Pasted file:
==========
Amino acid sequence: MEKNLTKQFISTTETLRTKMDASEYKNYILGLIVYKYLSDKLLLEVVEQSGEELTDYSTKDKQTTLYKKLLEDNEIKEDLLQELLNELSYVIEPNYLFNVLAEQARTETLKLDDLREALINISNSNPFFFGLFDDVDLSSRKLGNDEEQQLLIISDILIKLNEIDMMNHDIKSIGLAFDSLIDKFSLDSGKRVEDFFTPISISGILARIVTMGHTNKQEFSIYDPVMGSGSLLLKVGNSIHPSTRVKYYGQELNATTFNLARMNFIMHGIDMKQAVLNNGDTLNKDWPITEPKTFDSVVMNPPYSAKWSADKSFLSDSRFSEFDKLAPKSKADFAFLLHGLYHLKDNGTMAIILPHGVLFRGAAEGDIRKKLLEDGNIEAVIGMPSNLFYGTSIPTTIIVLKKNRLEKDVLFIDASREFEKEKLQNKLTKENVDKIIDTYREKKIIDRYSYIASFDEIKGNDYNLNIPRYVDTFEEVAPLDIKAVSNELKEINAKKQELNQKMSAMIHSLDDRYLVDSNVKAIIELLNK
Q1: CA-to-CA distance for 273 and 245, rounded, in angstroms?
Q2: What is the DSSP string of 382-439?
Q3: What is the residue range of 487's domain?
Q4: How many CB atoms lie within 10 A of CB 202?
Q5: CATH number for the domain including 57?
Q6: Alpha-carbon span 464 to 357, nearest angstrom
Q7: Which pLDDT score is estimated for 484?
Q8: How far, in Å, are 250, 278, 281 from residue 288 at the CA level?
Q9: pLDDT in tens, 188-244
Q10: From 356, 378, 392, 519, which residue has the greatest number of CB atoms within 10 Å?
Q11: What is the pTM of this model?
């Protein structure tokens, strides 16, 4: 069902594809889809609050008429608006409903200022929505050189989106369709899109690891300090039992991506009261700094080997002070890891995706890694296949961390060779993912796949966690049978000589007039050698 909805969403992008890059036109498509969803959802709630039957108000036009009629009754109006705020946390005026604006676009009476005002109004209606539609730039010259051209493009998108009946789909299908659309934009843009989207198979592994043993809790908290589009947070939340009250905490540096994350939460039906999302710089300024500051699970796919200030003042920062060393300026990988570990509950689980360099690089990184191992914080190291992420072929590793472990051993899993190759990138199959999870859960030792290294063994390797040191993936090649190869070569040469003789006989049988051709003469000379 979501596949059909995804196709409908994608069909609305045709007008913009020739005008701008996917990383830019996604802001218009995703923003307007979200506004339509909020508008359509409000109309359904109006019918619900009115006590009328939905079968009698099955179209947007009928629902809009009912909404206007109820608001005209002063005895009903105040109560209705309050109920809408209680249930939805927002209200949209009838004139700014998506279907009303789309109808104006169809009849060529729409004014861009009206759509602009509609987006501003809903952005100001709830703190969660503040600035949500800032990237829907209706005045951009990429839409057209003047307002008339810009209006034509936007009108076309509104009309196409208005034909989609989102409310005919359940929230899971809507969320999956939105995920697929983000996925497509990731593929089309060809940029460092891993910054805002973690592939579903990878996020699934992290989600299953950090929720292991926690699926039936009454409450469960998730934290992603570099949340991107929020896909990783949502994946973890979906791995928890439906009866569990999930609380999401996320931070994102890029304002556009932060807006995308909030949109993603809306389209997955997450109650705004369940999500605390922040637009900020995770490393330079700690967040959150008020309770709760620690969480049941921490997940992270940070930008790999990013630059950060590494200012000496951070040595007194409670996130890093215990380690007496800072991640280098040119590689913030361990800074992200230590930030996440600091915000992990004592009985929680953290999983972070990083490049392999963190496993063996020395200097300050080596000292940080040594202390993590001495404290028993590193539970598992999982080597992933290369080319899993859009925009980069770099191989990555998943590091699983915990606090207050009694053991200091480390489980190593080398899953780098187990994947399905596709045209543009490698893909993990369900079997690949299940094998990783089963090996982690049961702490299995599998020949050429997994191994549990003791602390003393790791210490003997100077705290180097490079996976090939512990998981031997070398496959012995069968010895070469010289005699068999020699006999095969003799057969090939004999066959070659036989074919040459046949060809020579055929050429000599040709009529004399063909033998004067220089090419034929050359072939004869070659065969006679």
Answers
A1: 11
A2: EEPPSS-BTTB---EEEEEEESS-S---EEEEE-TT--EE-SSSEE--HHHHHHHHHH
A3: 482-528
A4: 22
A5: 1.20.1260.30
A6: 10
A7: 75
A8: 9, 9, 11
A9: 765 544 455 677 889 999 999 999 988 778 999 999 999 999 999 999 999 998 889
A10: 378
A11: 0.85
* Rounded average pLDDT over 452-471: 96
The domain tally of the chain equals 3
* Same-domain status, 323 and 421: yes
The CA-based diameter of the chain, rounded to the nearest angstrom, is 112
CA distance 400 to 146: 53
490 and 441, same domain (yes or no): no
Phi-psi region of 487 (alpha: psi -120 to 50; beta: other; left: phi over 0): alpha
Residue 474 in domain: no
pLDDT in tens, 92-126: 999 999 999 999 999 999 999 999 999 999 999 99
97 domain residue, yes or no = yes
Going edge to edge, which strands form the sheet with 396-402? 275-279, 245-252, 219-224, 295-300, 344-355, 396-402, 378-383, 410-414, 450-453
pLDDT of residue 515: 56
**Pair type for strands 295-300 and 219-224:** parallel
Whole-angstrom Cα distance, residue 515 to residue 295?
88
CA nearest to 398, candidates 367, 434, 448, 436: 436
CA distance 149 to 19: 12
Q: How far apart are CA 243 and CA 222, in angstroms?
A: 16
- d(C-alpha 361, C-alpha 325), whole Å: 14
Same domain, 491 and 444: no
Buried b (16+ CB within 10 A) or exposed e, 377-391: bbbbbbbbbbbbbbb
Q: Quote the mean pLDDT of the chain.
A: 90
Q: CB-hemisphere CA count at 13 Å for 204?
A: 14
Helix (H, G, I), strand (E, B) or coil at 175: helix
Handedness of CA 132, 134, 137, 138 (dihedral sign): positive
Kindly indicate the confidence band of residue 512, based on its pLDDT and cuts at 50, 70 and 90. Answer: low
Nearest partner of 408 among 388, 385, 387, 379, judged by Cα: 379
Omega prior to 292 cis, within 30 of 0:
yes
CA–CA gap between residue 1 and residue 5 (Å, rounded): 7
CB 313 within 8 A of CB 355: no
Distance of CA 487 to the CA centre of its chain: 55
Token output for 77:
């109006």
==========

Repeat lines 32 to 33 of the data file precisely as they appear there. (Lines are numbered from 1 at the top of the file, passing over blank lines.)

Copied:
Phi-psi region of 487 (alpha: psi -120 to 50; beta: other; left: phi over 0): alpha
Residue 474 in domain: no